“Therefore, since we for our part are surrounded by this cloud of witnesses, let us lay aside every encumbrance of sin which clings to us and persevere in running the race which lies ahead; let us keep our eyes fixed on Jesus, who inspires and perfects our faith.” Hebrews 12:1-2
Often at the start of a new year we feel energized and motivated to make some changes. New year, fresh start, clean slate. We may come up with a list of resolutions, and maybe we feel certain that this is the year, this is going to be the one when those changes stick. We will lose those 20 extra pounds. We will establish a good exercise routine. We’re going to have a consistent daily prayer time. We will change the way we eat and eliminate junk once and for all.
But then a few weeks go by, and what happens? We joined a gym and went faithfully — for 3 weeks. We cleaned out our kitchen cupboards of carb-heavy food — and already you’re lined up at the drive-thru for a fast food dinner.
It’s wonderful to start the race. Wow – look at all of those runners pouring out of the starting line (like in a marathon). But the whole point is to finish. We’ve got to finish the race. How do we do that? We pray for the grace of perseverance.
The dictionary defines perseverance as: continued effort to do or achieve something despite difficulties, failure, or opposition: the action or condition of persevering: STEADFASTNESS
That is a grace we need to ask for often. We are not going to stick to any good and needed change in our lives unless we get God’s help to do that.
That’s point #1.
The next point — forget the lofty, overreaching goals that are so tempting to make. Start with little changes and adjustments. Instead of going from couch potato to elite athlete, start with walking more. Instead of making a goal to pray for an hour in the church each day, start with 10 minutes in an armchair at home.
If we make little goals that are more achievable, we will get encouraged because we see ourselves staying faithful to them. That will build momentum in us and perhaps motivate us to make another little change.
There was a movie in the 80’s called The Karate Kid. It was about a scrawny kid who was bullied and getting beat up. He wanted to learn karate so he could fight back. So he goes to this old karate master who agrees to teach him. The boy can’t pay so the master gives him chores to do: wax the car, but only in a certain way. Then other chores — but only done in a specific way. Week after week, this boy is faithfully doing these chores but he’s impatiently waiting for the real training to begin.
Finally, he gets angry and says he quits – he’s not learning anything about karate. Suddenly the master starts to fight him, and the boy instinctively defends himself, automatically knowing what moves to make. Why? Because all along the master has been training him. All those chores which seemed meaningless, now come into play. All those movements, learned and repeated, are now helping the boy and he’s well on his way to becoming a karate expert.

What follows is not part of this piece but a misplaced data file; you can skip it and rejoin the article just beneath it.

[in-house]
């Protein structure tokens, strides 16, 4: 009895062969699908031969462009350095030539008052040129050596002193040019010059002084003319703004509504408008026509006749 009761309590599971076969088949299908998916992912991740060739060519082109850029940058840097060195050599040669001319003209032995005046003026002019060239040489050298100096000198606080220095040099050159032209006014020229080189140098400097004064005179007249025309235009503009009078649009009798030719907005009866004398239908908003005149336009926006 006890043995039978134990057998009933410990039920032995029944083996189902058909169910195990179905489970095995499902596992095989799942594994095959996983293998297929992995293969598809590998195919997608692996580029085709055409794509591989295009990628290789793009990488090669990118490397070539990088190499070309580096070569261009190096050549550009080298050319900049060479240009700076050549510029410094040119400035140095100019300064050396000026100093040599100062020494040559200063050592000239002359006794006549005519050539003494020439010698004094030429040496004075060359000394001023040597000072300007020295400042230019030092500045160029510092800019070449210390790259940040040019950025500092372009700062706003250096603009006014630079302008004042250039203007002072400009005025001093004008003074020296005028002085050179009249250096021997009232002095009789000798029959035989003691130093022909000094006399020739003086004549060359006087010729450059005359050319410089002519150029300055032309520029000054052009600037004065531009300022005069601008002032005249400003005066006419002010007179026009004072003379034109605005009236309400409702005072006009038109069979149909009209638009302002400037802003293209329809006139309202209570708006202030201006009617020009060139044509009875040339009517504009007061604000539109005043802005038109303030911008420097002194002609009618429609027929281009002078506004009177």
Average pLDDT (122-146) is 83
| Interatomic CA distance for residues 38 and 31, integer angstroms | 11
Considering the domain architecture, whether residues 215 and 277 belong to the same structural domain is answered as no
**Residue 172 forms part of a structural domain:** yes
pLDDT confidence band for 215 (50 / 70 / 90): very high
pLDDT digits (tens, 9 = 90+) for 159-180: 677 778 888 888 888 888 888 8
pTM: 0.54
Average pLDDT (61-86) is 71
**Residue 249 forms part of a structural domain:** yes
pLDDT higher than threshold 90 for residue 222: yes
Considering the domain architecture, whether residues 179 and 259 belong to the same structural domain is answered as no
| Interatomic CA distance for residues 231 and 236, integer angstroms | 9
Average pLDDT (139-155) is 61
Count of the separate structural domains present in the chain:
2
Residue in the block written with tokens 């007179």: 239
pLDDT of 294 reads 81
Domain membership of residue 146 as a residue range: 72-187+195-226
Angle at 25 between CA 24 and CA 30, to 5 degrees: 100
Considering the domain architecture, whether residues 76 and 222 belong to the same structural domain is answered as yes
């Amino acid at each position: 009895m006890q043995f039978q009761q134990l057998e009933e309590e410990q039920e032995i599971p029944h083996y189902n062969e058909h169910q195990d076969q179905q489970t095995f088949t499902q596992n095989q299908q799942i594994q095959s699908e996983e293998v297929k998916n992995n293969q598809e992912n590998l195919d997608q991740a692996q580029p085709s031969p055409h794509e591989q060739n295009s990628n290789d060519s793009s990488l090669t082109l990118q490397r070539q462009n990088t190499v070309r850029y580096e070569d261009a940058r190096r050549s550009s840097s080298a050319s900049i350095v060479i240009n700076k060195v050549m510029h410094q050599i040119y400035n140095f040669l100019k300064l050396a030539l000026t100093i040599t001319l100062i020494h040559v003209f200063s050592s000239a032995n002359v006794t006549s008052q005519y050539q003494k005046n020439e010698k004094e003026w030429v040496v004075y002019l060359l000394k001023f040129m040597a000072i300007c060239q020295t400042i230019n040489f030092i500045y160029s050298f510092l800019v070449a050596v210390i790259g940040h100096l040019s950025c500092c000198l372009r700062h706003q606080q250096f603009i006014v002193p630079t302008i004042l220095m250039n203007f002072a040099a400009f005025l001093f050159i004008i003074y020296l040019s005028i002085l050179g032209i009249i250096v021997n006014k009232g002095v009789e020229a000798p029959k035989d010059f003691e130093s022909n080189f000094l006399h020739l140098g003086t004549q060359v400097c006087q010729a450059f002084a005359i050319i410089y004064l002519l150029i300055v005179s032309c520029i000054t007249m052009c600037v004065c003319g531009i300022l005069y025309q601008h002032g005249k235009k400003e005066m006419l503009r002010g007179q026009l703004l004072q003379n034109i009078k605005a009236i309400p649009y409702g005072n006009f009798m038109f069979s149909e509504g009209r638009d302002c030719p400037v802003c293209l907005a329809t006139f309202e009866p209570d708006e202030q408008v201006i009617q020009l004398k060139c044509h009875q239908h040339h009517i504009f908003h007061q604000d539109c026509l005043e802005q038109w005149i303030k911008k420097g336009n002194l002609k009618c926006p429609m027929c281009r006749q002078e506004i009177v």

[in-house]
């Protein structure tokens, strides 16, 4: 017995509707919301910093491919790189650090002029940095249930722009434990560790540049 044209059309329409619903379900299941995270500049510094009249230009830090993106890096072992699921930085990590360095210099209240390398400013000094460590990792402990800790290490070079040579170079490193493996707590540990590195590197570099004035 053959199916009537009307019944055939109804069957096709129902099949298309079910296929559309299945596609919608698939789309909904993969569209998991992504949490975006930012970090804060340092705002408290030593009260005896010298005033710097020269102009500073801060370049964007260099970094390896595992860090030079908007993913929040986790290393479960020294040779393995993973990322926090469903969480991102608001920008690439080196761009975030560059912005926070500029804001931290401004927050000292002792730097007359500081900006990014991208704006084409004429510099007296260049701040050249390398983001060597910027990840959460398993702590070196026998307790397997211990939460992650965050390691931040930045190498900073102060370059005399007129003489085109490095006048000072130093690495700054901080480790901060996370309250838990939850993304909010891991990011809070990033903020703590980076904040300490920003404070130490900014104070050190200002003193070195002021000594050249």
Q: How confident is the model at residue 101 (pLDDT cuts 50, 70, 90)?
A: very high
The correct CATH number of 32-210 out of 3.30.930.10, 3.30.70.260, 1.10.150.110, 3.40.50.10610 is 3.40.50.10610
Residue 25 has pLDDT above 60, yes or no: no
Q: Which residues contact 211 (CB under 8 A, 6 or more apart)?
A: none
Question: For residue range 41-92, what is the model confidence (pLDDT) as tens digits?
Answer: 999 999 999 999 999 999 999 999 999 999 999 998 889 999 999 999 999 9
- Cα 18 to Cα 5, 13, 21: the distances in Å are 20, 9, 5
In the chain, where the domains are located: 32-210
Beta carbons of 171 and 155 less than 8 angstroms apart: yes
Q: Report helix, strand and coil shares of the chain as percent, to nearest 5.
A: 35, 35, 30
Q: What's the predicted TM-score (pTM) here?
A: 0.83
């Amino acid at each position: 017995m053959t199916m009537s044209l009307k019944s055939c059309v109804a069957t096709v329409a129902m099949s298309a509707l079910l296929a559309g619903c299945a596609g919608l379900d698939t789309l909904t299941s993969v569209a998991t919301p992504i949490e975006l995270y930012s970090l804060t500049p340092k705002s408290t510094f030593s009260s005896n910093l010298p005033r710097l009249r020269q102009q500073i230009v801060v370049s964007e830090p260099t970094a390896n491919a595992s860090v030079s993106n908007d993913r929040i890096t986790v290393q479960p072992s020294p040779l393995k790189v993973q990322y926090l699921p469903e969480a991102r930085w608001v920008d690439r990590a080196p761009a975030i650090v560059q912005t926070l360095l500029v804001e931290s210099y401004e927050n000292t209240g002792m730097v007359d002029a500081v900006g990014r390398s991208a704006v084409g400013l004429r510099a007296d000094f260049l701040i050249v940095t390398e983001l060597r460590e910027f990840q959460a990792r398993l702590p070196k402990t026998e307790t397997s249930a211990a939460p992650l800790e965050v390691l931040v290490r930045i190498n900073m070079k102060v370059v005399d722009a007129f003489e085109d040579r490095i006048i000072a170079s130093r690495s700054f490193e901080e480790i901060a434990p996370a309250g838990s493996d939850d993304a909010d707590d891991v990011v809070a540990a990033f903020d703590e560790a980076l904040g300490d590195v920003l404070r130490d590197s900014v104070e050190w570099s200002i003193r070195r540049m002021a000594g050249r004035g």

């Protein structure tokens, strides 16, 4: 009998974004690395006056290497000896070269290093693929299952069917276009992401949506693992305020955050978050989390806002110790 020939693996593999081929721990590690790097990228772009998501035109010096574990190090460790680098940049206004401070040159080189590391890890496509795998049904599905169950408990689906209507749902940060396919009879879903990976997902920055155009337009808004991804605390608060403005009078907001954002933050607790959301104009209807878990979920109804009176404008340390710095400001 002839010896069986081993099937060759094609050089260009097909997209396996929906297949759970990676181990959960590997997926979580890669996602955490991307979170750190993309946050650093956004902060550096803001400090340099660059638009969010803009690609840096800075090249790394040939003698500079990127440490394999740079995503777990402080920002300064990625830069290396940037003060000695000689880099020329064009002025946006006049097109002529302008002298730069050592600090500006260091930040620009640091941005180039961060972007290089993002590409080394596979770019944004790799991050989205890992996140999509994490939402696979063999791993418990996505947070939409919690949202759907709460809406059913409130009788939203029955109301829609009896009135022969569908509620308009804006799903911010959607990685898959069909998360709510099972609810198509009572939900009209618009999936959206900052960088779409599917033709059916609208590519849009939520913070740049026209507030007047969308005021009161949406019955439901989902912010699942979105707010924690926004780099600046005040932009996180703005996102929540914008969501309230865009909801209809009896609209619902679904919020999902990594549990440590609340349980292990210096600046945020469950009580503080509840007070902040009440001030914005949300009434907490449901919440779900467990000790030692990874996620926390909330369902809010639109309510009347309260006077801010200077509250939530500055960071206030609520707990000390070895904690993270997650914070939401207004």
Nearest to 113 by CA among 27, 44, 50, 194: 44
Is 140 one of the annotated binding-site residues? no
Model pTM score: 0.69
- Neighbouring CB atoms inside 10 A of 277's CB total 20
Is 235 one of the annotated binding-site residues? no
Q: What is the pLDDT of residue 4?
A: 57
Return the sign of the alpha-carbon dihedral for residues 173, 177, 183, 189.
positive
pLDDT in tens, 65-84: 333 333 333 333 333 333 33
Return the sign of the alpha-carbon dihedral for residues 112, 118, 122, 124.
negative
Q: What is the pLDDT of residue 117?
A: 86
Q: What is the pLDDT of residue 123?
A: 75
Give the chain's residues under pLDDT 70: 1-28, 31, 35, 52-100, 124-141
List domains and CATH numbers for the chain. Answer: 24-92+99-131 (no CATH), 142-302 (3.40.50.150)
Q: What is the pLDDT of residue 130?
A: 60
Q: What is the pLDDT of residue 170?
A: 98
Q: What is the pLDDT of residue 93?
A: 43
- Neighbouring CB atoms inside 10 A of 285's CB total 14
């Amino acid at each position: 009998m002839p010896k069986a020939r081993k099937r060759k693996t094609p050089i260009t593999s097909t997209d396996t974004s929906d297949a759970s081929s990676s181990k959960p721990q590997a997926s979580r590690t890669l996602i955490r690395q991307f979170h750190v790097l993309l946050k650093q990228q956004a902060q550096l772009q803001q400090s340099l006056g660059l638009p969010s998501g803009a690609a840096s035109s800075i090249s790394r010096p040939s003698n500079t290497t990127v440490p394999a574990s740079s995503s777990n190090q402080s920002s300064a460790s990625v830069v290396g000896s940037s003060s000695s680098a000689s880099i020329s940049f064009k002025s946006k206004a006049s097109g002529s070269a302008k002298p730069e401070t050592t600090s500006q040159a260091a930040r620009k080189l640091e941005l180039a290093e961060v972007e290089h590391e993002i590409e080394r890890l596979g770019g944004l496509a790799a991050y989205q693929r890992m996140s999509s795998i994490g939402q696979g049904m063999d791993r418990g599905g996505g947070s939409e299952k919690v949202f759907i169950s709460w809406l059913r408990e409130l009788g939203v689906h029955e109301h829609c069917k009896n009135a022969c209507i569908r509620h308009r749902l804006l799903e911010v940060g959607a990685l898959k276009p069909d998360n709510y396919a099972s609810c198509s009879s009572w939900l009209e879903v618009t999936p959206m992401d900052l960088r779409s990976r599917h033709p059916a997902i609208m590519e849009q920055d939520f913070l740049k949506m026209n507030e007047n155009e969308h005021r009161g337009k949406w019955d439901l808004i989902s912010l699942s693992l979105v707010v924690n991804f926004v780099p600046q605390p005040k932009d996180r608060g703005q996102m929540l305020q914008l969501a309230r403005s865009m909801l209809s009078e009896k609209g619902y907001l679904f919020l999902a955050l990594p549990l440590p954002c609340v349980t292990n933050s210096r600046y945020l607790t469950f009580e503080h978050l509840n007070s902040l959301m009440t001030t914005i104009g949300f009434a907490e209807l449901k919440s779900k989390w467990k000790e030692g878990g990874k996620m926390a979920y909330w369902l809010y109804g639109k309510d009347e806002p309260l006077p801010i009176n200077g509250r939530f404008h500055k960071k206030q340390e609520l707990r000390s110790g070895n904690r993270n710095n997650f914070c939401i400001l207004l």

Take a look at your life now and see what good habits you already have in place, even if they don’t seem important.
- do you make your bed every day?
- do you cook a good meal once or twice a week?
- do you pray for a safe trip every time you get in the car?
Wherever you find that you have a good habit already in place, add a little more to it.
- After making your bed, spend 2 minutes tidying up the room.
- When you cook a meal at home, double it and you’ll get another healthy meal for the week.
- When you arrive safely at your destination, stop and thank God for another safe trip.
Don’t underestimate the power of these small, incremental changes. Just like the Karate Kid, you can be building up inner strength and better habits by making simple, seemingly insignificant changes that will help you persevere in running the race until the end.
Don’t give up!
Let me share with you a story that Mary Ann told me once about watching the Winter Olympics many years ago. There was a cross-country skiing event, and one of the athletes was from Mexico — obviously not a country known for its snow skiers. During that Olympic cross-country race, all of the competitors had finished. Three whole days later, after the race was long over, this guy from Mexico crosses the finish line. But she said he got more cheers and fanfare than any of the other racers, including the winner, because he had persevered and finished when so many others would have given up.
It doesn’t matter so much how many times we fall or get detoured, but do we get back up and keep trying? Let’s fix our eyes on Jesus, dust ourselves off and get back into that race.